Picture perfect?



So you posted a pic of the new yoga pose you finally perfected on your Instagram page. The cropped square photo shows your toned legs balance easily in the air as the sun rests low in the evening sky.

As the double-taps and heart-eyed emojis start pouring in, it occurs to you that maybe you should’ve shown the whole story. How your sister was holding your legs up just out of the frame. How you have two midterms and three papers due this week but you just spent the last 45 minutes trying to find the best angle to hide your weak chin. How your yoga pants are a size too small and are riding up everywhere they shouldn’t.

What goes on behind-the-scenes of our Instagrams is what interests Larissa May and the other girls behind a new social awareness campaign called #halfthestory. The campaign aims to provide a platform for men and women to share the parts of their identities that are not normally revealed through social media. They hope to liberate people in a society where, according to their website, 1.8 billion photos are uploaded daily and the average person spends 1.72 hours per day on social media.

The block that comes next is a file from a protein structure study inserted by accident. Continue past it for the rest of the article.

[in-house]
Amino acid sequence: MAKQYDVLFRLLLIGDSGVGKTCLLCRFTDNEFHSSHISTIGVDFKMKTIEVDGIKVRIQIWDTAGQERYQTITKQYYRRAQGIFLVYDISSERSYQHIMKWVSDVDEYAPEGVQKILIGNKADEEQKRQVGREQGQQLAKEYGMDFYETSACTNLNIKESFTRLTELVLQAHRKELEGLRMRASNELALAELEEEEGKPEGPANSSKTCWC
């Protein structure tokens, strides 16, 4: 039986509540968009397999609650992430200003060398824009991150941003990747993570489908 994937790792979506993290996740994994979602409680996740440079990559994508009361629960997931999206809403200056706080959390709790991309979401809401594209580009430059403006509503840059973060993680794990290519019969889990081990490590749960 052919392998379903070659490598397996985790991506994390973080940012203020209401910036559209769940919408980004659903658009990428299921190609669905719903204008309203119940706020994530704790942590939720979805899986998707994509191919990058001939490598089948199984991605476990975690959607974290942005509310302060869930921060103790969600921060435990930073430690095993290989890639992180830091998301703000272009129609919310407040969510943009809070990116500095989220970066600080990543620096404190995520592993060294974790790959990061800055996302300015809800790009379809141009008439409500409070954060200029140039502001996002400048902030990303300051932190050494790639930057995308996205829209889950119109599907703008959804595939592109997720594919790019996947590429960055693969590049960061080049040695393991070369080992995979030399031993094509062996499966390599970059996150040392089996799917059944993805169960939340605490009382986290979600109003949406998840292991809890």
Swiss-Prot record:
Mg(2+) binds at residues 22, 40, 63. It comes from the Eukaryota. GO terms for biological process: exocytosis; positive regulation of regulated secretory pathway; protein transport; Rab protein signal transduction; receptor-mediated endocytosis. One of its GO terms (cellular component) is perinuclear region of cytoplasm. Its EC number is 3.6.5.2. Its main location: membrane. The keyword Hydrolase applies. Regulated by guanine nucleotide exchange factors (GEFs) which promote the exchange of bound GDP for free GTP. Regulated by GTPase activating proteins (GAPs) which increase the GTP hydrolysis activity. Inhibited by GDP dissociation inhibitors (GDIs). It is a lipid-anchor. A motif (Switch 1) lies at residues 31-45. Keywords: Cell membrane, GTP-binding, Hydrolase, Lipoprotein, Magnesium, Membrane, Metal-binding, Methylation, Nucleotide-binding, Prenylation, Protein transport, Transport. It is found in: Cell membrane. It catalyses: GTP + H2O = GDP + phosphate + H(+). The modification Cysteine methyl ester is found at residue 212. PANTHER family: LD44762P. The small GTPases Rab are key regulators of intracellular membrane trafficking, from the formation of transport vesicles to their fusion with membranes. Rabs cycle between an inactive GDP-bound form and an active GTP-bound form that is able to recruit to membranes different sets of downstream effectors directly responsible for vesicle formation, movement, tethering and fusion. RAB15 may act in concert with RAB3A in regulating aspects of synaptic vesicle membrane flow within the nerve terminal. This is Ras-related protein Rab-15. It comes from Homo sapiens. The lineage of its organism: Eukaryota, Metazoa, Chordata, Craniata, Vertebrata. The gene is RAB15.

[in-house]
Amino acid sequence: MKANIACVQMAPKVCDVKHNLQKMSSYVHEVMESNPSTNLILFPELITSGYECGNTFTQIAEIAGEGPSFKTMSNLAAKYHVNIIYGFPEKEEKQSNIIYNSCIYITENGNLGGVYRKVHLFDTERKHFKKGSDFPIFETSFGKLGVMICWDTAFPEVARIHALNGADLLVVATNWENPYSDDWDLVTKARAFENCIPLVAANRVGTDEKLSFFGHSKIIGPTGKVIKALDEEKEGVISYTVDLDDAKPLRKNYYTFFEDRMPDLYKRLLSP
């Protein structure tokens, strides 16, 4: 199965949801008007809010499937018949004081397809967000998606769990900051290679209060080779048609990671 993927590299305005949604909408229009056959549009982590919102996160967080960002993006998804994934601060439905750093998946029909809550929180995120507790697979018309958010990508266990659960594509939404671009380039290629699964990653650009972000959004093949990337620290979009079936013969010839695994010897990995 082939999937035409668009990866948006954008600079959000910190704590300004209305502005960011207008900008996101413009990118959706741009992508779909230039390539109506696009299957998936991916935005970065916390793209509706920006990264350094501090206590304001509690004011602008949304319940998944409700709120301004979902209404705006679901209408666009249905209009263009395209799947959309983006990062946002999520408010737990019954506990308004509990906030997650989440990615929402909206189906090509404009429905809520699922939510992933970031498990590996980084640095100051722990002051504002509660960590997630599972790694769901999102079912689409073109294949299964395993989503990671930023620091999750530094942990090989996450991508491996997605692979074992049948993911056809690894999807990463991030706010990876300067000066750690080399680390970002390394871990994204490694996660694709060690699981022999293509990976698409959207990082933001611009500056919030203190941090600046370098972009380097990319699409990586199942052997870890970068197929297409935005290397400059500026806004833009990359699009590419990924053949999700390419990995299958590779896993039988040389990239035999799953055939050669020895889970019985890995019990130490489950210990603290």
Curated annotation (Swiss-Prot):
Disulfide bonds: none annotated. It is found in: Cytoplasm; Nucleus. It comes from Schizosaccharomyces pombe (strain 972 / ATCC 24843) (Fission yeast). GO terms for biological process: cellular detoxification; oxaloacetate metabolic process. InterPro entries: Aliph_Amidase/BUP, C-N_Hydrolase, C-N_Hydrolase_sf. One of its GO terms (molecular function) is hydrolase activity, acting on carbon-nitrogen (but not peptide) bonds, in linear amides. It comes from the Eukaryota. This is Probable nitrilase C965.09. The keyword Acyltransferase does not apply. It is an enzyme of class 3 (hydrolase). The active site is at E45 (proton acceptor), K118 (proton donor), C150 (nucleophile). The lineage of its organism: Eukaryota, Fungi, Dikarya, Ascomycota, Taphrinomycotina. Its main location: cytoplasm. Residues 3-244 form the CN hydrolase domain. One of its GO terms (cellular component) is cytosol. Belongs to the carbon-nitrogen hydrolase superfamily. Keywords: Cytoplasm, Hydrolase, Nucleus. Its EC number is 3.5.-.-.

The campaign works like this: you download a graphic to your phone that says, “#halfthestory,” then you get someone to take a photo of you holding the graphic on your phone. Next, you write the other half of your story in the description and post the photo to Instagram.

Since launching in October, the campaign has almost 500 Instagram followers. Contributors include a young girl who posts a lot of travel photos, but reveals that it’s far from glamorous — she’s choosing to travel now before she takes care of her brother with cerebral palsy. Another photo is of pop singer Louisa Wendorff who admits she was extremely late for a meeting with Apple Music and Beats by Dre while she snapped the pic.

It’s hard to tell yet whether the campaign will bring awareness to our Instagram-obsessed society, but it’s worth a shot. And in case you were wondering, the other half of my story is that I wrote this column three days late while lying in bed wearing food-stained pajamas and daydreaming about not being so broke.

Riley Chervinski is a journalism student, soccer player

and reader of cringe-worthy chick-lit. You can usually find her scrolling

through Tumblr, scoping out recipe blogs or

laughing at her own jokes @rileychervinski.